1) Some savers and politicians blame central banks for low rates. They're at least partially right. Investors earn returns as compensation for bearing some risk. Monetary policy has been far from perfect in recent times, but it's vastly improved since the 1970s. As such, investors no longer bear as much risk of volatility in economic growth and inflation. In that respect, they should be grateful to central banks for lower rates.
2) Continuing the theme of low returns, some commentators think investors are setting themselves up for big losses. The argument goes something like this: high prices automatically imply low returns, so investors are in for a world of hurt. My take is that low expected future returns do not imply a crash is coming - as long as those returns are truly expected. Crashes happen when investors expect high returns and those don't materialize. (Meb Faber has remarked, though, that some investors seem to have unrealistically high expectations for returns in hedge funds and private equity. He might be right there.)
3) From low returns to low margins. Relentless competition seems to be driving margins down in businesses that were hitherto impervious to these forces (I've been thinking of hedge funds, and even food retailing, which has gone from a tough business to downright bloody). This is hard on business, but great for consumers. Short of inheriting wealth, getting rich seems to be a function of three things: earning a lot, saving a lot, and investing well. In a world where the median person sees low investment returns and pressure on wages from automation, is it more important than ever to be a great saver, enjoying the benefits of business's low margins?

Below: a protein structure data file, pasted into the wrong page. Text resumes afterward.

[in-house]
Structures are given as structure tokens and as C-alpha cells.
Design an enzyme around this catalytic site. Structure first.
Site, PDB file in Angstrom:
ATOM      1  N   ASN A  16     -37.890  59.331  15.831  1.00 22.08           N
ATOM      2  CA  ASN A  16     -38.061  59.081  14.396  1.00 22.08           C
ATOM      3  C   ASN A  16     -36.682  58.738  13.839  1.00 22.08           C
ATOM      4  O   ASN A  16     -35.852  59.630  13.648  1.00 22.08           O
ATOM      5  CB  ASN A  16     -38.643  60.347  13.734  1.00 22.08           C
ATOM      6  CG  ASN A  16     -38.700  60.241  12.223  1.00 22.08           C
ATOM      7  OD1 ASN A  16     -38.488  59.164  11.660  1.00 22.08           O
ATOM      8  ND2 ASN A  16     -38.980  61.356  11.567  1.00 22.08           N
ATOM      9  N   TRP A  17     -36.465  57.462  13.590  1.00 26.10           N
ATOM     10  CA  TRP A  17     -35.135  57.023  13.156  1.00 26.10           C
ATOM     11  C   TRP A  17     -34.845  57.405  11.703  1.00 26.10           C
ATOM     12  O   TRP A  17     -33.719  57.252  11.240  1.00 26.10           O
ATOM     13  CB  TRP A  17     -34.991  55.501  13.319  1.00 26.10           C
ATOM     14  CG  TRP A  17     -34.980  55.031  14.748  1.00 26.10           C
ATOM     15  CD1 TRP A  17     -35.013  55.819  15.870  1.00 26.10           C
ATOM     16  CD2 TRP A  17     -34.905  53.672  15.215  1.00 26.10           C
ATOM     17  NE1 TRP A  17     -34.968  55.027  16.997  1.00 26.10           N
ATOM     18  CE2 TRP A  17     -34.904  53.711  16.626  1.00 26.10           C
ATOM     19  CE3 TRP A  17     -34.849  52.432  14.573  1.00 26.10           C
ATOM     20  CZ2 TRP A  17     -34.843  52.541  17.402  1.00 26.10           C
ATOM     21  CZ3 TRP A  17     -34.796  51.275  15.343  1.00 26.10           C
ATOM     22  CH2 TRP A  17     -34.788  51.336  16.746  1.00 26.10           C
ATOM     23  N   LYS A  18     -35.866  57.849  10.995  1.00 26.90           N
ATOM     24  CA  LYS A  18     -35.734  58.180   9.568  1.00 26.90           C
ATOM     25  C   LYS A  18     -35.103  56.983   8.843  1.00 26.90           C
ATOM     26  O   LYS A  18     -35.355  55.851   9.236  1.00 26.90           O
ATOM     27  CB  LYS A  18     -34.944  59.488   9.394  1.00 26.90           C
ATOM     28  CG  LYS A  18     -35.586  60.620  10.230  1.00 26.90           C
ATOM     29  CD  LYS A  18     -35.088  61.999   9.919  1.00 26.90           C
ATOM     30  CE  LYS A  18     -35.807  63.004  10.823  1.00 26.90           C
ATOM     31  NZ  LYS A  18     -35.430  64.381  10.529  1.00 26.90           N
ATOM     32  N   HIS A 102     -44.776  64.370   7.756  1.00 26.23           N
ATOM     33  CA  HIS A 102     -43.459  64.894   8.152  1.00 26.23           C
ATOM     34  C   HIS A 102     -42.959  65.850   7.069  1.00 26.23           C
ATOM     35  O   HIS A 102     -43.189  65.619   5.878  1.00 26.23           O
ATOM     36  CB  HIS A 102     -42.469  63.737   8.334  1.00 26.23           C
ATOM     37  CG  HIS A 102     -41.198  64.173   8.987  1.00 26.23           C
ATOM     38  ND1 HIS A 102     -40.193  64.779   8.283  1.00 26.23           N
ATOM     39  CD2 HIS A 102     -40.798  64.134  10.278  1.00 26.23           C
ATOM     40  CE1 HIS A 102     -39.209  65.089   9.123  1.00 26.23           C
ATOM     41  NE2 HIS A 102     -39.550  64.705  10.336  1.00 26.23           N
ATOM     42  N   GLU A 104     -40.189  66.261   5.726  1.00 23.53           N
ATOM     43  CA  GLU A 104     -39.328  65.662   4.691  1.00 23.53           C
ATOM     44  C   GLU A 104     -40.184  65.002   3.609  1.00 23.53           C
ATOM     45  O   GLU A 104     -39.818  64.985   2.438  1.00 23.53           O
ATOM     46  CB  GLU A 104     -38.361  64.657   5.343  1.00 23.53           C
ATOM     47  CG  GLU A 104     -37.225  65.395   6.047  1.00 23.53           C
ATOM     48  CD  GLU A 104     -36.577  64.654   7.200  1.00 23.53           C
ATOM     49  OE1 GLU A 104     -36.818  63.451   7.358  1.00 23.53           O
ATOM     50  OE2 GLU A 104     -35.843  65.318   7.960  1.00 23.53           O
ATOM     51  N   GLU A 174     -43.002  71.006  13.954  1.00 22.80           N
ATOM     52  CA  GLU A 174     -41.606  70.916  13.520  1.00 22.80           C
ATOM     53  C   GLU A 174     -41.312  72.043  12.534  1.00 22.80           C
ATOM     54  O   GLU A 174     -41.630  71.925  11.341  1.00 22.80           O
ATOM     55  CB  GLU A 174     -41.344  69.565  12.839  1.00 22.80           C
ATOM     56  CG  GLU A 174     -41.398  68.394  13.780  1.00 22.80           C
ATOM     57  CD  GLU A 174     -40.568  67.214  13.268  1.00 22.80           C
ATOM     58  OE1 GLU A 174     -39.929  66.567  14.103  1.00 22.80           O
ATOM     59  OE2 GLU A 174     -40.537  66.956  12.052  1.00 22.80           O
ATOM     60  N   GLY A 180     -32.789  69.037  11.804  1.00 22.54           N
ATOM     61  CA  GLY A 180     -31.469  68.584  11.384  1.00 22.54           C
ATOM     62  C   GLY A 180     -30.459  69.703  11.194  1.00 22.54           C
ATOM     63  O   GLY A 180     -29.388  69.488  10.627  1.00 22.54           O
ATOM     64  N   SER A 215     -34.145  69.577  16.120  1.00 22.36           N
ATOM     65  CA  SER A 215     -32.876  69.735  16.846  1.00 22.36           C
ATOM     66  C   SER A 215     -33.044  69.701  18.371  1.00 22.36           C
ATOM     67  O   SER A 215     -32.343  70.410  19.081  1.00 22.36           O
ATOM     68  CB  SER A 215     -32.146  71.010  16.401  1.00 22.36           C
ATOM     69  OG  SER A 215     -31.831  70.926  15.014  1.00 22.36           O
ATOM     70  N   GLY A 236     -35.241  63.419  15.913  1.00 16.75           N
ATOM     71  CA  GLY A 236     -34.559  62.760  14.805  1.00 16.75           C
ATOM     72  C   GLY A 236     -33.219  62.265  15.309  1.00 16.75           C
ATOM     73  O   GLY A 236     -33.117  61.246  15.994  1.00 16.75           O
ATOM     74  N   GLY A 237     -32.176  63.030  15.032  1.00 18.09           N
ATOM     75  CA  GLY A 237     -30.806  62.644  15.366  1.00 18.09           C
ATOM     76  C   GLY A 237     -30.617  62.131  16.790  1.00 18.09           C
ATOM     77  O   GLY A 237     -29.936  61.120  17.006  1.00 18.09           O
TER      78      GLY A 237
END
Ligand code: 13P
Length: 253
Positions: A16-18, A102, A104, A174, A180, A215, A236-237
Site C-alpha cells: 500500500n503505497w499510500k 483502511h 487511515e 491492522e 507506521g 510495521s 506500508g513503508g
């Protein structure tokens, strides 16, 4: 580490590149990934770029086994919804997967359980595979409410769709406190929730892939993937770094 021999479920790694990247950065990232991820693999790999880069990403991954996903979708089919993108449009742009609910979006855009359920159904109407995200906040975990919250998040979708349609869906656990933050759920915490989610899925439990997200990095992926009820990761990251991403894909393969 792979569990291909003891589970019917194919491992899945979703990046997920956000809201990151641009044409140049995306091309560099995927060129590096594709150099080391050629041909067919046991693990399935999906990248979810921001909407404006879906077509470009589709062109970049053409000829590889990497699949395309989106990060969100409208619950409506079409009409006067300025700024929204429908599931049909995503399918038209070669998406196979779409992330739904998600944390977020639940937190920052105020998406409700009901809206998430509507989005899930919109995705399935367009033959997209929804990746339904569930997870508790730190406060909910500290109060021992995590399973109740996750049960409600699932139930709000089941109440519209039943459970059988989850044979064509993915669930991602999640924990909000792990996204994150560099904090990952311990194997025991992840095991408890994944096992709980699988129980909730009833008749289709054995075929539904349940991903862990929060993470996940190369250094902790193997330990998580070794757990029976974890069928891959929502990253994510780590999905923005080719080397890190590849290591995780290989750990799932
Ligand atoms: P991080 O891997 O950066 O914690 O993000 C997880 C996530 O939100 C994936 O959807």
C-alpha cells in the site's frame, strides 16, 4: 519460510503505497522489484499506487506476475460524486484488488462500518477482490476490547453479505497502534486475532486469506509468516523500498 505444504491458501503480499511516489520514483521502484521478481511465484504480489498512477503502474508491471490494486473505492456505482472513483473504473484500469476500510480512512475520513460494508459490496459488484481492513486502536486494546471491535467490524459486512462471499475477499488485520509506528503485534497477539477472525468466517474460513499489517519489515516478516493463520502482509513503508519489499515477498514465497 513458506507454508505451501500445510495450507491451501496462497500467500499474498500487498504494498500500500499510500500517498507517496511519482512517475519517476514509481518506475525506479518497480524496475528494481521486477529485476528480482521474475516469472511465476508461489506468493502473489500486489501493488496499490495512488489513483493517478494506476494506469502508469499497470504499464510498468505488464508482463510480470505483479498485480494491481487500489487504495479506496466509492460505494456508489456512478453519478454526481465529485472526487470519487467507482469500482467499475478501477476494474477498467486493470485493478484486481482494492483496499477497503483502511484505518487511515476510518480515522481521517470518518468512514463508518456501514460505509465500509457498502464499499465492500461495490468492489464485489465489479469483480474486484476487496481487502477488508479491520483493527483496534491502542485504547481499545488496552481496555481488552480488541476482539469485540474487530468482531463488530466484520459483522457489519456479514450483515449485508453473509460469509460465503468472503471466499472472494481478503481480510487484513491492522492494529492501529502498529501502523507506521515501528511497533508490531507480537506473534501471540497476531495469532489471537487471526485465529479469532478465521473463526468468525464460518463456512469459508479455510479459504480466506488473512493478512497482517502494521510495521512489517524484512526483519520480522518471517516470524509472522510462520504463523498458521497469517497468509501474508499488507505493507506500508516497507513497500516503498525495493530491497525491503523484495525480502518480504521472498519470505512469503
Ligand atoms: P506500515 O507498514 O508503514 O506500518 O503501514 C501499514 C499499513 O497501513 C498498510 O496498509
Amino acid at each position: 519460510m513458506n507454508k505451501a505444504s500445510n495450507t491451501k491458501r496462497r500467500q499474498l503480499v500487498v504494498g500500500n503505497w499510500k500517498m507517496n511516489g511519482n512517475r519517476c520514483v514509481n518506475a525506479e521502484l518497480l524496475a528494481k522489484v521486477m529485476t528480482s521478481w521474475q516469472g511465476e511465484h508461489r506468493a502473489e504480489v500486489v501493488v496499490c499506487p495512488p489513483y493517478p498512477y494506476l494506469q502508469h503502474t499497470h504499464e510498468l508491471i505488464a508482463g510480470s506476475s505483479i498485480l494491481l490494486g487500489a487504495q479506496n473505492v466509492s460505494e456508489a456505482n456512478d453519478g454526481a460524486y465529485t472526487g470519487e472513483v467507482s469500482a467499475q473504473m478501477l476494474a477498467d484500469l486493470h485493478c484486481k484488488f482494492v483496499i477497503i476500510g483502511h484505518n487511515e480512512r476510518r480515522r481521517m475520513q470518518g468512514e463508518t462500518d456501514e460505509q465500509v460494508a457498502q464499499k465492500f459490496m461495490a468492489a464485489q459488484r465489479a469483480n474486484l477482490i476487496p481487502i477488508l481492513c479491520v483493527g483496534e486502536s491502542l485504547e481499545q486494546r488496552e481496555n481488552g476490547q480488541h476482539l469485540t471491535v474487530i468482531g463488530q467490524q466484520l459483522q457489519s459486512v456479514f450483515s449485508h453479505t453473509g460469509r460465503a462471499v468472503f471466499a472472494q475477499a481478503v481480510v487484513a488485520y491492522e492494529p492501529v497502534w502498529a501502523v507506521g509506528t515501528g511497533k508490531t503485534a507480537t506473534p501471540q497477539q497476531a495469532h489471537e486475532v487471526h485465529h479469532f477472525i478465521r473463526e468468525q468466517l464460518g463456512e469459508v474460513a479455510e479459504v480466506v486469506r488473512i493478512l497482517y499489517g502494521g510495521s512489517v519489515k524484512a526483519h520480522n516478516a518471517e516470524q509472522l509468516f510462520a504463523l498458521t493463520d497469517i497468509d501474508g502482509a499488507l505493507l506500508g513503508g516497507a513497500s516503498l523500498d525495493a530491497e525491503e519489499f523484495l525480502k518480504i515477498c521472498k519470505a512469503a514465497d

4) It never fails to surprise me that conservatism, which presumably favours retaining traditional social institutions, isn't aligned with environmentalism. But then I suppose the ongoing US election has shown that "Conservatives" in the US really aren't particularly bothered about conservative ideals.
5) I've been reading the memoirs of former Brazilian president Fernando Henrique Cardoso. Describing the rise of the eccentric Janio Quadros, FHC speculates that Brazilians were "simply looking for a different kind of politician." "No one knew what he really stood for - his campaign slogan was simply "Janio is coming" - but the self-described "anti-politician" won the election." "The man himself had not a moral bone in his body. He threw himself at women with an unbecoming, even violent, zeal." At home, Janio's policies provoke the conservative elite. In his foreign policy, Janio proceeds to tear up existing alliances and align himself with Cuba, China and the Soviet Union. Needless to say, it doesn't go well for Janio, and his tenure paves the way for Brazil's military dictatorship. Fingers crossed that Janio's disaster isn't repeated elsewhere.
Age & Success
6) The NYT has a fascinating article on age and success. The work being reported shows that physicists were more likely to produce high impact work earlier in their careers. But this isn't due to age. Rather, "it was entirely because of productivity: Young scientists tried more experiments, increasing the likelihood they would stumble on something good." The little bets phenomenon is everywhere. I recommend the rest of the article for some thoughts on skill, luck and success.